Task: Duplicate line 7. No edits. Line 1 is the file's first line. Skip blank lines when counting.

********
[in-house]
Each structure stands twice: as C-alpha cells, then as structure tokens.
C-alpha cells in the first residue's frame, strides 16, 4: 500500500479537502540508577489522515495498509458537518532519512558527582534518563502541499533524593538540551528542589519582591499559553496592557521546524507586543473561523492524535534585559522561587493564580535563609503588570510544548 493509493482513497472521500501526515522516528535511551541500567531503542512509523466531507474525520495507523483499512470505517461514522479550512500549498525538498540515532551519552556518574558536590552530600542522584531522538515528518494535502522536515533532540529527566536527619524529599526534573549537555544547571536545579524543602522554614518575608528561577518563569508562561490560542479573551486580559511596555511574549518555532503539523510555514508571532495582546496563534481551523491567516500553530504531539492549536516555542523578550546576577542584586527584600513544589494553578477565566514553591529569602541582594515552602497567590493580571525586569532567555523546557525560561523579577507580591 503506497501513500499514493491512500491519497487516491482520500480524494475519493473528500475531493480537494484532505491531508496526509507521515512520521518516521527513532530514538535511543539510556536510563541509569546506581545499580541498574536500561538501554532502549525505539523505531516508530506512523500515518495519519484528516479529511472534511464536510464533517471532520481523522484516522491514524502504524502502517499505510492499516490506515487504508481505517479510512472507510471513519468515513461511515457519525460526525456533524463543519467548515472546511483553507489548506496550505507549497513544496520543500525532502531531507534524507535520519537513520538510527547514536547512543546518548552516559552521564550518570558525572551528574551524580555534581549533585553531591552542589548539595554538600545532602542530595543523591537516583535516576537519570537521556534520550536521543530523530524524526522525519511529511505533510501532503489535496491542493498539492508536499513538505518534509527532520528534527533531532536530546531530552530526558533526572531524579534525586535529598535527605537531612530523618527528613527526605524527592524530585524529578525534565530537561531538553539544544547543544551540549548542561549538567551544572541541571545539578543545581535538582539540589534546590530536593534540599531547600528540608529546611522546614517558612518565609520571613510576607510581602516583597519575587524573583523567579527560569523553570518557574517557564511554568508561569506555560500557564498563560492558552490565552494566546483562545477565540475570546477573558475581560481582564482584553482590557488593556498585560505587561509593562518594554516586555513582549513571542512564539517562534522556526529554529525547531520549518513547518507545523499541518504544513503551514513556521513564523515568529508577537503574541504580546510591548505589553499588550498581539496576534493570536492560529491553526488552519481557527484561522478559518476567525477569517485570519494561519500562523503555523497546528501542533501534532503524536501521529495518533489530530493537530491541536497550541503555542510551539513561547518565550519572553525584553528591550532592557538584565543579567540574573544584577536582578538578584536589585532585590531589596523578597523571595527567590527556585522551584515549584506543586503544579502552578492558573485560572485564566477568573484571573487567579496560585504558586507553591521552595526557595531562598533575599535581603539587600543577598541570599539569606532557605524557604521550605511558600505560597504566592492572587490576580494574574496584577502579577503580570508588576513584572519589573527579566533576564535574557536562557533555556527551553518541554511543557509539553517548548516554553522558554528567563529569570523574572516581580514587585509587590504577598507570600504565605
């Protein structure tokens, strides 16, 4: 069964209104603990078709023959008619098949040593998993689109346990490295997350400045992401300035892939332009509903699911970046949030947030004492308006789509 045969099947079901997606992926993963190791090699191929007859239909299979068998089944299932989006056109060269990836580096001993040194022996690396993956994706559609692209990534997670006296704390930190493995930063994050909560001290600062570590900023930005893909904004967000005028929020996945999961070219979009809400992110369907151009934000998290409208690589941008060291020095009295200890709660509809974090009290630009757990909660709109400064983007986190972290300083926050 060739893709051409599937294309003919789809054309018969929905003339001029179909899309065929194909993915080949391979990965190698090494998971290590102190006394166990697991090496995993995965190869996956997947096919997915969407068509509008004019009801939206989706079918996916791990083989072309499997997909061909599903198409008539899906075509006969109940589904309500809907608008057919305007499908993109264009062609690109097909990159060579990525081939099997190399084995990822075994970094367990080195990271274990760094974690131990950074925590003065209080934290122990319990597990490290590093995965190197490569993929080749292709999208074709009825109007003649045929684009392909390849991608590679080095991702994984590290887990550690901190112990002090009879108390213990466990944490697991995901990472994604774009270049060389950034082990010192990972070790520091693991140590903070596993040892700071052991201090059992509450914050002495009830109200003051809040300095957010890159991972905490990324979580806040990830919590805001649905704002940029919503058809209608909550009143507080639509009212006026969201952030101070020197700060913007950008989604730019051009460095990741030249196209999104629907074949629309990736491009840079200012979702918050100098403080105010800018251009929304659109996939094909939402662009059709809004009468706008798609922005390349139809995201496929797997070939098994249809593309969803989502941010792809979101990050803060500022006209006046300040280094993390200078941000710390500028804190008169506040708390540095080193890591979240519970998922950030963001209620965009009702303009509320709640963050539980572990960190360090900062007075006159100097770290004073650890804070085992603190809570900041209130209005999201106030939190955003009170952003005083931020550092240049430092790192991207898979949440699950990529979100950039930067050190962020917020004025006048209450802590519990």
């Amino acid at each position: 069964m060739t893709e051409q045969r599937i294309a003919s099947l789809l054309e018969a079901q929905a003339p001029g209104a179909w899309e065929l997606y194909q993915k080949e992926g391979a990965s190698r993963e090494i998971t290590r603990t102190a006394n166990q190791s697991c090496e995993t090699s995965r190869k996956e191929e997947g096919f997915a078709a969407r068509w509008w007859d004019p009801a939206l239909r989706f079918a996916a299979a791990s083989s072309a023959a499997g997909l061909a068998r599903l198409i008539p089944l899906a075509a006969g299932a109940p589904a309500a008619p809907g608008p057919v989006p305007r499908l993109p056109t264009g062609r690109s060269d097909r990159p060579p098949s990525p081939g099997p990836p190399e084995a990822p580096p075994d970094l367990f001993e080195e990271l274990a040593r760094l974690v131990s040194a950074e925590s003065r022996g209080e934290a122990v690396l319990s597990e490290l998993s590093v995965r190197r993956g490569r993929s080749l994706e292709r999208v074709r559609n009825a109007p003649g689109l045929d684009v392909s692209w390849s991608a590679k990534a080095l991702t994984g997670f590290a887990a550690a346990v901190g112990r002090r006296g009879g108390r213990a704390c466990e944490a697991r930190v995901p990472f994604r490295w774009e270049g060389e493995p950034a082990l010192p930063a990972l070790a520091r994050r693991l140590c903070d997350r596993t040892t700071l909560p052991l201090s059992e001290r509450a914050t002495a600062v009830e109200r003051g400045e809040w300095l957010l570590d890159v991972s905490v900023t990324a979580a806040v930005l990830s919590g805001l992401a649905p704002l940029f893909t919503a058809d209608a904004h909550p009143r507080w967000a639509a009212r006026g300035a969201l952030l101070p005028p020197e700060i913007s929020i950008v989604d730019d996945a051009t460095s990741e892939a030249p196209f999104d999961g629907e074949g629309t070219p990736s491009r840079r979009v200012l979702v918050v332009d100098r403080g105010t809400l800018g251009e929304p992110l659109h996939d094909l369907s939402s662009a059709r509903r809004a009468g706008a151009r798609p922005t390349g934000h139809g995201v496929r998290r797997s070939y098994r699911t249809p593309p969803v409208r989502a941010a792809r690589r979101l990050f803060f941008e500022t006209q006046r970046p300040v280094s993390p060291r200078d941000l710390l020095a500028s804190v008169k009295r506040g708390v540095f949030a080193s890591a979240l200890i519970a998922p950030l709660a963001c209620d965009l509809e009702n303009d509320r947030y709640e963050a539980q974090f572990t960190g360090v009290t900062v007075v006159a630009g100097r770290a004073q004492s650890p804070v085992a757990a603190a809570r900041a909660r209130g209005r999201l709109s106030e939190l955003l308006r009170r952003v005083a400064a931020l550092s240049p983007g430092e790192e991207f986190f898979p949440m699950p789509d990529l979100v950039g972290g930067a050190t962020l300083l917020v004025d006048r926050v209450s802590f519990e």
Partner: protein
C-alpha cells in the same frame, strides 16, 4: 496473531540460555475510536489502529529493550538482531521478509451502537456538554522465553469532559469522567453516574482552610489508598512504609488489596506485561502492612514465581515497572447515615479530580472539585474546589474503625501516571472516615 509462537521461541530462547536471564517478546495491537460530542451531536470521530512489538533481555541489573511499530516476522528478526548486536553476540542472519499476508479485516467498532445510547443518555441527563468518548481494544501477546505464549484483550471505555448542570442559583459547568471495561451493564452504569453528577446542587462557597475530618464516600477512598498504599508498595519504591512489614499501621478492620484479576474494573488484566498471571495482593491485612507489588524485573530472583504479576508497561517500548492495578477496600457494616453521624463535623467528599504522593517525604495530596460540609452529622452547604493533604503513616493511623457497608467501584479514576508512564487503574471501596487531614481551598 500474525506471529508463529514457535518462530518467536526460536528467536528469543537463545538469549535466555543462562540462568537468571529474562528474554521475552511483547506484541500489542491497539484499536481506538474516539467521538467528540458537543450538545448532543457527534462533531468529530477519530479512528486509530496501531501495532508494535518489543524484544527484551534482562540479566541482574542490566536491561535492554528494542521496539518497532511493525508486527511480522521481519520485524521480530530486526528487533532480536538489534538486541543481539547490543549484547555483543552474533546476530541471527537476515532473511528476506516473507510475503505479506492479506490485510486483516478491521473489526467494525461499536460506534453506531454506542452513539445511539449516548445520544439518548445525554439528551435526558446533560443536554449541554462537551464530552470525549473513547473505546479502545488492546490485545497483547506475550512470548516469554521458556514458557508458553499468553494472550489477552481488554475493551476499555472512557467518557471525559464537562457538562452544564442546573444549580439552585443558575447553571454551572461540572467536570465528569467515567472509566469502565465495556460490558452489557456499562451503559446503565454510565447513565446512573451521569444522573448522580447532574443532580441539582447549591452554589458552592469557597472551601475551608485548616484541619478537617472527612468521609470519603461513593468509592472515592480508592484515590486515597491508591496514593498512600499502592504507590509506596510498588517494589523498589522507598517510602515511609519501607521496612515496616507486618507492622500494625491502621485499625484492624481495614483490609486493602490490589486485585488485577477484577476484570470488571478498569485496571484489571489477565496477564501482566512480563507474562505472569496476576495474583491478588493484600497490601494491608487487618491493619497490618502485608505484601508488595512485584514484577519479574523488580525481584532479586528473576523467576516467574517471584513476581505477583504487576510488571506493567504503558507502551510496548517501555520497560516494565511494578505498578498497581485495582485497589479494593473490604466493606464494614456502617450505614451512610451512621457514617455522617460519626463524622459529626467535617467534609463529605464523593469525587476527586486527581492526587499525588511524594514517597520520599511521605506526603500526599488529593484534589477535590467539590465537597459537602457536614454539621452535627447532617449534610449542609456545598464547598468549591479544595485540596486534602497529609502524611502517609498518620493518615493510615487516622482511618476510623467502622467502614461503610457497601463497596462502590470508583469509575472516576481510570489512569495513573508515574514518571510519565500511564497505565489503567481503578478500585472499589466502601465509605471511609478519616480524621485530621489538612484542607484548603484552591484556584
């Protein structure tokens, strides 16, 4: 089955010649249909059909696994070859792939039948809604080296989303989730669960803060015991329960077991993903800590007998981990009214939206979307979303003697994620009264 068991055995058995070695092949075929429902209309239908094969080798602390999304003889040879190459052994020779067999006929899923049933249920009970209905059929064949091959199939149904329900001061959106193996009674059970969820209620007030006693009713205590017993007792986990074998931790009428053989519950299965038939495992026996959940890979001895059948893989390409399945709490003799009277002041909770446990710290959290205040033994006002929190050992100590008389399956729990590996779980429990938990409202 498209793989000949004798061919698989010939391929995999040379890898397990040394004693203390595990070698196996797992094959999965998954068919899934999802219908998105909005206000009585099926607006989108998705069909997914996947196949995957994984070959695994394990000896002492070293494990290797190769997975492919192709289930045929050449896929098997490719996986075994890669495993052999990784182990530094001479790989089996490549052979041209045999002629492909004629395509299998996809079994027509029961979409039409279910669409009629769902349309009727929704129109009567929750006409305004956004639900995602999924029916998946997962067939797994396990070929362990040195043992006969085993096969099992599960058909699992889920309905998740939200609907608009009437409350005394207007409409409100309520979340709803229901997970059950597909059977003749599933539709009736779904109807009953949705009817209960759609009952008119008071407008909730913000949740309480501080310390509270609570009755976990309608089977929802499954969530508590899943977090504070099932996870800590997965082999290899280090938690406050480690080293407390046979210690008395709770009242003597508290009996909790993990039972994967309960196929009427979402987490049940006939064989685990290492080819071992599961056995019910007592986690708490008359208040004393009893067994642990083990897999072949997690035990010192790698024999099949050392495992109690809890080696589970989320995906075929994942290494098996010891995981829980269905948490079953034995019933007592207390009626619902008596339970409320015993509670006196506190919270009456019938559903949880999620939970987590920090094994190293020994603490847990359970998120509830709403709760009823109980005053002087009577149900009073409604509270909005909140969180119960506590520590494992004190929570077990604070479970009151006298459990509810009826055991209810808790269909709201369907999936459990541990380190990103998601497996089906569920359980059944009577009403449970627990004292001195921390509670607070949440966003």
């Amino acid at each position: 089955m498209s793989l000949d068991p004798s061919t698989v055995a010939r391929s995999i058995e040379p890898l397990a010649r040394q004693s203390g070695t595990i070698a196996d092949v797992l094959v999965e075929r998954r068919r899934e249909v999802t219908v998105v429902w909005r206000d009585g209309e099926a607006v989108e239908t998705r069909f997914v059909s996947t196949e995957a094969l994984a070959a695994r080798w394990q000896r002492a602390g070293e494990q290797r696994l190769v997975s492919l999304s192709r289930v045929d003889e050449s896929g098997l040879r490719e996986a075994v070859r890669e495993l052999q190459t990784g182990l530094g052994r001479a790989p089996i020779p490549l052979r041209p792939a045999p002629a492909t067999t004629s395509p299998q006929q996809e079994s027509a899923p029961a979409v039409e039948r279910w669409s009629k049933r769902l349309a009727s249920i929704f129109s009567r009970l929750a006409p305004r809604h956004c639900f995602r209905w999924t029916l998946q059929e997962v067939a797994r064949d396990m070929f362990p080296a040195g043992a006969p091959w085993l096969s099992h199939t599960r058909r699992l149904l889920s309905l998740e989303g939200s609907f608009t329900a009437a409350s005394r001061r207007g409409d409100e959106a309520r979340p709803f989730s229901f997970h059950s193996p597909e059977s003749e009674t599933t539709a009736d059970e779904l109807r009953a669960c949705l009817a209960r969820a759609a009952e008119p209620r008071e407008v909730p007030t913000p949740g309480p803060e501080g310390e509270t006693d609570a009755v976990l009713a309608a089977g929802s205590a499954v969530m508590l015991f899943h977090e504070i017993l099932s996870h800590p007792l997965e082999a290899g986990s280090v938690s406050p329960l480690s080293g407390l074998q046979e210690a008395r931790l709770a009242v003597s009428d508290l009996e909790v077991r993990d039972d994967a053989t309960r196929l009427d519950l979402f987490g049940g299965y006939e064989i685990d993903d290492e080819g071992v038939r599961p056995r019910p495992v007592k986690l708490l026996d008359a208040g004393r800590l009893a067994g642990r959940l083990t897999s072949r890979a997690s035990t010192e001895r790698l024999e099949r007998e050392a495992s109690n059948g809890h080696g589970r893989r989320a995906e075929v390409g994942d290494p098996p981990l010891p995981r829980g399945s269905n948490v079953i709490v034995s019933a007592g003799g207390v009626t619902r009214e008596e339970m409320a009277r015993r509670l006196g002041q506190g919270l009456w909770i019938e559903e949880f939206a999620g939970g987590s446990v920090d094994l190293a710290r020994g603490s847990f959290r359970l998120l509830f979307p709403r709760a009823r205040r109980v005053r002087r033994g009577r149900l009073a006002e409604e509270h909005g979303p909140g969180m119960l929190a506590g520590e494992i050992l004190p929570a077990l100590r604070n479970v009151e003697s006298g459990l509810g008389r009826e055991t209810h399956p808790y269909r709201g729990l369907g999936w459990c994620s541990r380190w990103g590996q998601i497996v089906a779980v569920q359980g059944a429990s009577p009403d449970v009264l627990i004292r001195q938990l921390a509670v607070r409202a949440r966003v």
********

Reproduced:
C-alpha cells in the same frame, strides 16, 4: 496473531540460555475510536489502529529493550538482531521478509451502537456538554522465553469532559469522567453516574482552610489508598512504609488489596506485561502492612514465581515497572447515615479530580472539585474546589474503625501516571472516615 509462537521461541530462547536471564517478546495491537460530542451531536470521530512489538533481555541489573511499530516476522528478526548486536553476540542472519499476508479485516467498532445510547443518555441527563468518548481494544501477546505464549484483550471505555448542570442559583459547568471495561451493564452504569453528577446542587462557597475530618464516600477512598498504599508498595519504591512489614499501621478492620484479576474494573488484566498471571495482593491485612507489588524485573530472583504479576508497561517500548492495578477496600457494616453521624463535623467528599504522593517525604495530596460540609452529622452547604493533604503513616493511623457497608467501584479514576508512564487503574471501596487531614481551598 500474525506471529508463529514457535518462530518467536526460536528467536528469543537463545538469549535466555543462562540462568537468571529474562528474554521475552511483547506484541500489542491497539484499536481506538474516539467521538467528540458537543450538545448532543457527534462533531468529530477519530479512528486509530496501531501495532508494535518489543524484544527484551534482562540479566541482574542490566536491561535492554528494542521496539518497532511493525508486527511480522521481519520485524521480530530486526528487533532480536538489534538486541543481539547490543549484547555483543552474533546476530541471527537476515532473511528476506516473507510475503505479506492479506490485510486483516478491521473489526467494525461499536460506534453506531454506542452513539445511539449516548445520544439518548445525554439528551435526558446533560443536554449541554462537551464530552470525549473513547473505546479502545488492546490485545497483547506475550512470548516469554521458556514458557508458553499468553494472550489477552481488554475493551476499555472512557467518557471525559464537562457538562452544564442546573444549580439552585443558575447553571454551572461540572467536570465528569467515567472509566469502565465495556460490558452489557456499562451503559446503565454510565447513565446512573451521569444522573448522580447532574443532580441539582447549591452554589458552592469557597472551601475551608485548616484541619478537617472527612468521609470519603461513593468509592472515592480508592484515590486515597491508591496514593498512600499502592504507590509506596510498588517494589523498589522507598517510602515511609519501607521496612515496616507486618507492622500494625491502621485499625484492624481495614483490609486493602490490589486485585488485577477484577476484570470488571478498569485496571484489571489477565496477564501482566512480563507474562505472569496476576495474583491478588493484600497490601494491608487487618491493619497490618502485608505484601508488595512485584514484577519479574523488580525481584532479586528473576523467576516467574517471584513476581505477583504487576510488571506493567504503558507502551510496548517501555520497560516494565511494578505498578498497581485495582485497589479494593473490604466493606464494614456502617450505614451512610451512621457514617455522617460519626463524622459529626467535617467534609463529605464523593469525587476527586486527581492526587499525588511524594514517597520520599511521605506526603500526599488529593484534589477535590467539590465537597459537602457536614454539621452535627447532617449534610449542609456545598464547598468549591479544595485540596486534602497529609502524611502517609498518620493518615493510615487516622482511618476510623467502622467502614461503610457497601463497596462502590470508583469509575472516576481510570489512569495513573508515574514518571510519565500511564497505565489503567481503578478500585472499589466502601465509605471511609478519616480524621485530621489538612484542607484548603484552591484556584